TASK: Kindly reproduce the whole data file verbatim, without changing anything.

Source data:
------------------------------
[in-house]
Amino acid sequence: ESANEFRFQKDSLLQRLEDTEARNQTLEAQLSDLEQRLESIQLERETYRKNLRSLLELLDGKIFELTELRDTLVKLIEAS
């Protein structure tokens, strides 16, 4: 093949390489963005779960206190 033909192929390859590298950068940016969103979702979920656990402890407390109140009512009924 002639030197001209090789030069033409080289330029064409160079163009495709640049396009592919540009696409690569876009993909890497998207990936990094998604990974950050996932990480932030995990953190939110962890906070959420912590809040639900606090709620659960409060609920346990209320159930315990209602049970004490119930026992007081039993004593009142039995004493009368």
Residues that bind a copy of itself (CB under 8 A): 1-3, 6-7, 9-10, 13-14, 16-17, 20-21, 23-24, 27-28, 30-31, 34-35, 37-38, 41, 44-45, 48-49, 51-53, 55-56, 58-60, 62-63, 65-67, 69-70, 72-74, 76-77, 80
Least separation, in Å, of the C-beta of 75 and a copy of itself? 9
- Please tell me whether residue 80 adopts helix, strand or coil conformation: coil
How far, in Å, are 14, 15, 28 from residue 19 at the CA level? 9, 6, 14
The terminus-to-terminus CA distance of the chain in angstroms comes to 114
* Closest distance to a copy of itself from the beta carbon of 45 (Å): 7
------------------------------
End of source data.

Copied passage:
[in-house]
Amino acid sequence: ESANEFRFQKDSLLQRLEDTEARNQTLEAQLSDLEQRLESIQLERETYRKNLRSLLELLDGKIFELTELRDTLVKLIEAS
């Protein structure tokens, strides 16, 4: 093949390489963005779960206190 033909192929390859590298950068940016969103979702979920656990402890407390109140009512009924 002639030197001209090789030069033409080289330029064409160079163009495709640049396009592919540009696409690569876009993909890497998207990936990094998604990974950050996932990480932030995990953190939110962890906070959420912590809040639900606090709620659960409060609920346990209320159930315990209602049970004490119930026992007081039993004593009142039995004493009368």
Residues that bind a copy of itself (CB under 8 A): 1-3, 6-7, 9-10, 13-14, 16-17, 20-21, 23-24, 27-28, 30-31, 34-35, 37-38, 41, 44-45, 48-49, 51-53, 55-56, 58-60, 62-63, 65-67, 69-70, 72-74, 76-77, 80
Least separation, in Å, of the C-beta of 75 and a copy of itself? 9
- Please tell me whether residue 80 adopts helix, strand or coil conformation: coil
How far, in Å, are 14, 15, 28 from residue 19 at the CA level? 9, 6, 14
The terminus-to-terminus CA distance of the chain in angstroms comes to 114
* Closest distance to a copy of itself from the beta carbon of 45 (Å): 7